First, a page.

So is this reverse Groundhog’s Day, when Rocky Wirtz comes out of his office to say something publicly? And are there construction workers outside his office yelling at him about Andrew Shaw? Inquiring minds want to know.
Anyway, if you didn’t see it, Rocky had an interview in Crain’s today. And really, the only newsworthy bit about it is that Rocky spoke publicly at all, which he’s not really prone to do. But what people will focus on is that Rocky hints that there will be changes, where exactly he doesn’t say, if the Hawks don’t come strong out of the gates next season.
And really, this isn’t a surprise. The Hawks haven’t been a factor in the playoffs in three seasons, which puts them basically on par with a lot of shitty teams. Here are a list of teams that haven’t even spasmed a playoff series win in the past three seasons: Florida, Carolina, Flyers, New Jersey, Columbus, Toronto, Montreal, Buffalo, Detroit, Minnesota, Arizona, Vancouver, LA. This is definitely not a group you want to be among. And on this list, you could easily say that Philly, New Jersey, and Toronto have much brighter futures than the Hawks do at the moment.
So clearly, the Hawks need to change their fortunes, and I don’t think it’s suggesting much to say that Q might want to get his troops roaring out of the gates or he might want to get a resume ready. Sure, maybe you could axe Stan instead or at the same time, but firing a GM in the middle of a season hardly makes any sense because there’s not much a GM can do if he takes the job in November unless you’re looking to really wheel and deal at the deadline. And almost always that’s a tear-down, and this Hawks team can’t be torn down even if that’s something they would ever consider (and it isn’t). The Hawks’ wheeling and dealing will come this summer, or it had better, and Stan will deserve one season to see how that turns out. A new coach can at least take the same toys and deploy them differently–so maybe this time next year Hawks fans aren’t watching a d-man who their coach only paid attention to long enough to urinate on star on the top four of the team leading 2-1 in the Final, for example.
This is the NHL. You don’t get four seasons of not mattering unless you’re the Sabres or in some forgotten outpost like Sunrise or Glendale. Especially when you’re doling out some of the contracts the Hawks are at the moment.
Of course, it wouldn’t be a Rocky interview–especially in Crain’s–if he didn’t get to cry poor a bit and lo and behold, there’s the “only 85%” renewal factoid. Of course, that 15% (something about that number in this town. IT’S A FUCKIN’ PLAYGROUND!) was immediately gobbled up by the waiting list but at least Rocky noticed. It was somewhat shocking that Rocky didn’t go back to the “we still lose money” shelter he’s been using since he took over, even with ticket prices tripling or more in the 11 years he’s had the team.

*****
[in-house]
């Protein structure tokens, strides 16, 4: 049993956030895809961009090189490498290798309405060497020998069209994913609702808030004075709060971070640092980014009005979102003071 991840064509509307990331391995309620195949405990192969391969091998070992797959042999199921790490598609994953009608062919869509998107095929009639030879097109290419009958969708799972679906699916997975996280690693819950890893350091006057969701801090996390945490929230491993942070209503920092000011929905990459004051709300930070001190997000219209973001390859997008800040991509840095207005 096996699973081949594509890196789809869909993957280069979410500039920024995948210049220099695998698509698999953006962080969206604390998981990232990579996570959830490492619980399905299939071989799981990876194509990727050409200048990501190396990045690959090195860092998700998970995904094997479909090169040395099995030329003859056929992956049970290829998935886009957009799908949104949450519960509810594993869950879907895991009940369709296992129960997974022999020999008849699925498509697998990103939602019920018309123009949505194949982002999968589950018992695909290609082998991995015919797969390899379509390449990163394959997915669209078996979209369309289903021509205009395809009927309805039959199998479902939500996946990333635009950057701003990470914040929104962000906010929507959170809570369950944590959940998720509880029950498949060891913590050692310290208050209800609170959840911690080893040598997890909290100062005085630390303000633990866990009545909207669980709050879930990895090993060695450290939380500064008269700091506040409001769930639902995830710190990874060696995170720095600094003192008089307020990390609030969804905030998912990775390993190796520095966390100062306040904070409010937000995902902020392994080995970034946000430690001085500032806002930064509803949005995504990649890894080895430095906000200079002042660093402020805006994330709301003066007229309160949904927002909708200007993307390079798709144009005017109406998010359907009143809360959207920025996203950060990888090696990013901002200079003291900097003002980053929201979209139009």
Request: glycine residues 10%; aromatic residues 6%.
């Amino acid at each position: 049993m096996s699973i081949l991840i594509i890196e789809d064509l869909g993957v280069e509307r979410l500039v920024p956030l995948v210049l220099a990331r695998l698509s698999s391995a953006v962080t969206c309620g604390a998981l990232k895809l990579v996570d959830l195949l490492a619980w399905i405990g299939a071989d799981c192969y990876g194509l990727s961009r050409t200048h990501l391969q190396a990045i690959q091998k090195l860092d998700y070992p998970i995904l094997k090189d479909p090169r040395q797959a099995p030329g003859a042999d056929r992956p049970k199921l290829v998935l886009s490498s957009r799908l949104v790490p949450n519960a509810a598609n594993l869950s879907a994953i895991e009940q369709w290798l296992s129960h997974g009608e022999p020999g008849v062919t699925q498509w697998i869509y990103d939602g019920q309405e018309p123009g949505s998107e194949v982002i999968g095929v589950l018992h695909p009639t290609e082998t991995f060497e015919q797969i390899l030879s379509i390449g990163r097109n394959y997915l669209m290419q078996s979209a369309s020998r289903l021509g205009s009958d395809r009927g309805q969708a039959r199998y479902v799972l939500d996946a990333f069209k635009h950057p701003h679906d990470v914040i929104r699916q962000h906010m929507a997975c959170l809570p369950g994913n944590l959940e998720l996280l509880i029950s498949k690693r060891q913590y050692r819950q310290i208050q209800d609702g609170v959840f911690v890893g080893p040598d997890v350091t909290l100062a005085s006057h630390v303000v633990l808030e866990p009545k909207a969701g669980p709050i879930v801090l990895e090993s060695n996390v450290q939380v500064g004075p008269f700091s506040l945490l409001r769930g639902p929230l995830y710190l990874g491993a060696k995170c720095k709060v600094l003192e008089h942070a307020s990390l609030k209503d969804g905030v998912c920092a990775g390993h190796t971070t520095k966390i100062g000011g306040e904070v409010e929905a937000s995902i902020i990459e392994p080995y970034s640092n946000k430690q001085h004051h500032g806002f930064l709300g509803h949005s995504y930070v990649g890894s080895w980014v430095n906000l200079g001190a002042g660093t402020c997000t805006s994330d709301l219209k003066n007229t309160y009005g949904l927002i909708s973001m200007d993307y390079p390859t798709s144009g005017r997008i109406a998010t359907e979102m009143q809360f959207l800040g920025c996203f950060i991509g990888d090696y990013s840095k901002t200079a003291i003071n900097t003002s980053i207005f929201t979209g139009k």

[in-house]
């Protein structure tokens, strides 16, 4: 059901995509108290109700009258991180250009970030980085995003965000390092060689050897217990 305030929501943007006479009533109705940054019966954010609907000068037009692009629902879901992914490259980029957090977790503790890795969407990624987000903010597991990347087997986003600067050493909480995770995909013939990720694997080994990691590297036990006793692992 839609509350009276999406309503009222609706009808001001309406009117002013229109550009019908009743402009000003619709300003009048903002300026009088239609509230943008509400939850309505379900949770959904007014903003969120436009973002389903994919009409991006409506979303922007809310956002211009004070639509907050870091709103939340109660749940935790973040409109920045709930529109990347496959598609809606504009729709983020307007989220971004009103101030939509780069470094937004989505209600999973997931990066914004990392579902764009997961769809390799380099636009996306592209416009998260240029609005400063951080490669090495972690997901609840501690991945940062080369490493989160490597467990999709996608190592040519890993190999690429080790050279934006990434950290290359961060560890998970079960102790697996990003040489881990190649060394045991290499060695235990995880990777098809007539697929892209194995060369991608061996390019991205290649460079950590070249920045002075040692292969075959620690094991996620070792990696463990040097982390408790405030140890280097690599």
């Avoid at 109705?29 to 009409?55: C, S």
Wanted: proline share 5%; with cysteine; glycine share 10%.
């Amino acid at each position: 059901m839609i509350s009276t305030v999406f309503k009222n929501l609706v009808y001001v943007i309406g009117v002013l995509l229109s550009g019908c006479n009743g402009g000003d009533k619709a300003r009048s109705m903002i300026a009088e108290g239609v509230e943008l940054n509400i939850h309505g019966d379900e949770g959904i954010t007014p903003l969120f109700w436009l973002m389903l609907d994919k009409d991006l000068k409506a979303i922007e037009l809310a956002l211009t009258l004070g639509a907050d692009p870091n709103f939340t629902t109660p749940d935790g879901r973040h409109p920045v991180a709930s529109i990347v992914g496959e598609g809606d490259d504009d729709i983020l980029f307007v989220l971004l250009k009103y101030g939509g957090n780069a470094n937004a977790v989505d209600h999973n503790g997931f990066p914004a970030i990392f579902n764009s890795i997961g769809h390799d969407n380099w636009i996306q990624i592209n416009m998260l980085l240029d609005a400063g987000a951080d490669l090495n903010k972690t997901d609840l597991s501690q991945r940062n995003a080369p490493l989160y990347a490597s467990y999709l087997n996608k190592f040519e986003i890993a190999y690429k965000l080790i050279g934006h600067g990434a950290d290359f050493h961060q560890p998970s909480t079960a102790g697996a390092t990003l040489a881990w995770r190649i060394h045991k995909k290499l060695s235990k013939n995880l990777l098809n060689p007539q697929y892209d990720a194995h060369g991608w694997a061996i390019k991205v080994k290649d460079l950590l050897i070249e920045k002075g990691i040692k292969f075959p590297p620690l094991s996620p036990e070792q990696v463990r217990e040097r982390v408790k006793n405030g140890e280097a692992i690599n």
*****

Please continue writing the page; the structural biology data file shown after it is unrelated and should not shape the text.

What’s clear, and I’ll give Rocky this, is that the Hawks sure can use playoff revenue. Whether I think they’re actually in the red or not (I don’t), I wouldn’t presume to think they’re so much in the black that five or six home dates in the playoffs don’t make a difference. Seeing as how the Hawks have had five playoff home dates in three seasons, you can bet it’s made a difference on the big black ledger. Yes, I’m absolutely sure the Hawks still do their numbers by hand because why not?
So it’s only natural for the owner, the one signing the checks after all, is going to balk at losing out on that. We know that McDonough has made basically everyone’s life hell over there this season with the Hawks’ failings, so everyone is on high-alert.
I’m sure I could read into it more about Rocky’s comments on the contracts the Hawks have handed out, but there’s no point. Rocky isn’t going to sell Bowman or McDonough out like that by saying, “Well Seabrook’s contract is a goddamn iceberg and he’s not even that mobile so fuck!”
And in general, though not always, Rocky has been pretty hands-off and certainly hasn’t attacked the spotlight like other owners would or could have with the success he’s had. Sure, he stepped in it a bit with his comments about Patrick Kane, but he’s hardly alone and I honestly don’t know what else he would have done. Other than that and his occasional poor-crying, Rocky has been happy staying in the background and I’d rather have that than a hockey Mark Cuban, or wannabe G.I. Joe in Florida, or whatever this new nutjob in Carolina is going to do.
Unlike his president, Rocky is certainly smart enough to tell you what he doesn’t know. I guess we should worry about who will be making the decisions should massive changes come, whenever that day is. But then Rocky is the guy who knows that he needs to find the guys who know to make those. He’s not his father, after all.